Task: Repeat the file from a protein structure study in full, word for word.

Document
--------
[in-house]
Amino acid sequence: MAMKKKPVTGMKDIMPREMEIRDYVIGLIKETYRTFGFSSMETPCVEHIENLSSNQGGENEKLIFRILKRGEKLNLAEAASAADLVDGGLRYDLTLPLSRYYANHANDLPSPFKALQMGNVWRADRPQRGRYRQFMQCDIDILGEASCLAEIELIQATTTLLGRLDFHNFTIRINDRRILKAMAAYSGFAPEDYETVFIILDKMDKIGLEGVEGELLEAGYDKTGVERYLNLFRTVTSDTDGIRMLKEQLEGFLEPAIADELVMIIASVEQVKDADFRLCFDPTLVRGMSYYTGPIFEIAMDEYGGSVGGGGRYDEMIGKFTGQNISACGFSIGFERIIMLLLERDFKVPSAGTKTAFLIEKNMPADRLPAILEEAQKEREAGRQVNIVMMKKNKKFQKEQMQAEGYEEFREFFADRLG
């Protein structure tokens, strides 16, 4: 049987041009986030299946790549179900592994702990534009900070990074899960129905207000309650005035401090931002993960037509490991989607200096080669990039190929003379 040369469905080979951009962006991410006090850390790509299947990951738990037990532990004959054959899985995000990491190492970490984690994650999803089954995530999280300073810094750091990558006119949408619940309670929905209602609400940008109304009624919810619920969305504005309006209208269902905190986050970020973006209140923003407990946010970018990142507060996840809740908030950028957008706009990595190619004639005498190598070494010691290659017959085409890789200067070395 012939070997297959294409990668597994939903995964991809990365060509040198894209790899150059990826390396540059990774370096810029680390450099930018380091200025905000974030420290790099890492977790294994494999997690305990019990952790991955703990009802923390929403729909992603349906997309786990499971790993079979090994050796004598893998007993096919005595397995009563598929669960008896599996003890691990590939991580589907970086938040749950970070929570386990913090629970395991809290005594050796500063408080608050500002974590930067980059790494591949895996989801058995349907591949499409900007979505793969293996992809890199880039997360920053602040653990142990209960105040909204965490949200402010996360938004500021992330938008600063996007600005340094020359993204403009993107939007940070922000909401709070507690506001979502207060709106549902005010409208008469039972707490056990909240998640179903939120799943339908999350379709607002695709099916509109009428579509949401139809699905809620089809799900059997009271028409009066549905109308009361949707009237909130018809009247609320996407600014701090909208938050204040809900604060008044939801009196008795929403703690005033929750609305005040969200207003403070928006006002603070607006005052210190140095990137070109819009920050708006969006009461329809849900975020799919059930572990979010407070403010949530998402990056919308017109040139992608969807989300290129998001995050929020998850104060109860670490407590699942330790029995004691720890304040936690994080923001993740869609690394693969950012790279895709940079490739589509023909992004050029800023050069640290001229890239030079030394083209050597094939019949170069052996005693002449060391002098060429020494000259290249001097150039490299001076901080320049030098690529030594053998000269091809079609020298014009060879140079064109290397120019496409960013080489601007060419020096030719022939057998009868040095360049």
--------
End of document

[in-house]
Amino acid sequence: MAMKKKPVTGMKDIMPREMEIRDYVIGLIKETYRTFGFSSMETPCVEHIENLSSNQGGENEKLIFRILKRGEKLNLAEAASAADLVDGGLRYDLTLPLSRYYANHANDLPSPFKALQMGNVWRADRPQRGRYRQFMQCDIDILGEASCLAEIELIQATTTLLGRLDFHNFTIRINDRRILKAMAAYSGFAPEDYETVFIILDKMDKIGLEGVEGELLEAGYDKTGVERYLNLFRTVTSDTDGIRMLKEQLEGFLEPAIADELVMIIASVEQVKDADFRLCFDPTLVRGMSYYTGPIFEIAMDEYGGSVGGGGRYDEMIGKFTGQNISACGFSIGFERIIMLLLERDFKVPSAGTKTAFLIEKNMPADRLPAILEEAQKEREAGRQVNIVMMKKNKKFQKEQMQAEGYEEFREFFADRLG
């Protein structure tokens, strides 16, 4: 049987041009986030299946790549179900592994702990534009900070990074899960129905207000309650005035401090931002993960037509490991989607200096080669990039190929003379 040369469905080979951009962006991410006090850390790509299947990951738990037990532990004959054959899985995000990491190492970490984690994650999803089954995530999280300073810094750091990558006119949408619940309670929905209602609400940008109304009624919810619920969305504005309006209208269902905190986050970020973006209140923003407990946010970018990142507060996840809740908030950028957008706009990595190619004639005498190598070494010691290659017959085409890789200067070395 012939070997297959294409990668597994939903995964991809990365060509040198894209790899150059990826390396540059990774370096810029680390450099930018380091200025905000974030420290790099890492977790294994494999997690305990019990952790991955703990009802923390929403729909992603349906997309786990499971790993079979090994050796004598893998007993096919005595397995009563598929669960008896599996003890691990590939991580589907970086938040749950970070929570386990913090629970395991809290005594050796500063408080608050500002974590930067980059790494591949895996989801058995349907591949499409900007979505793969293996992809890199880039997360920053602040653990142990209960105040909204965490949200402010996360938004500021992330938008600063996007600005340094020359993204403009993107939007940070922000909401709070507690506001979502207060709106549902005010409208008469039972707490056990909240998640179903939120799943339908999350379709607002695709099916509109009428579509949401139809699905809620089809799900059997009271028409009066549905109308009361949707009237909130018809009247609320996407600014701090909208938050204040809900604060008044939801009196008795929403703690005033929750609305005040969200207003403070928006006002603070607006005052210190140095990137070109819009920050708006969006009461329809849900975020799919059930572990979010407070403010949530998402990056919308017109040139992608969807989300290129998001995050929020998850104060109860670490407590699942330790029995004691720890304040936690994080923001993740869609690394693969950012790279895709940079490739589509023909992004050029800023050069640290001229890239030079030394083209050597094939019949170069052996005693002449060391002098060429020494000259290249001097150039490299001076901080320049030098690529030594053998000269091809079609020298014009060879140079064109290397120019496409960013080489601007060419020096030719022939057998009868040095360049």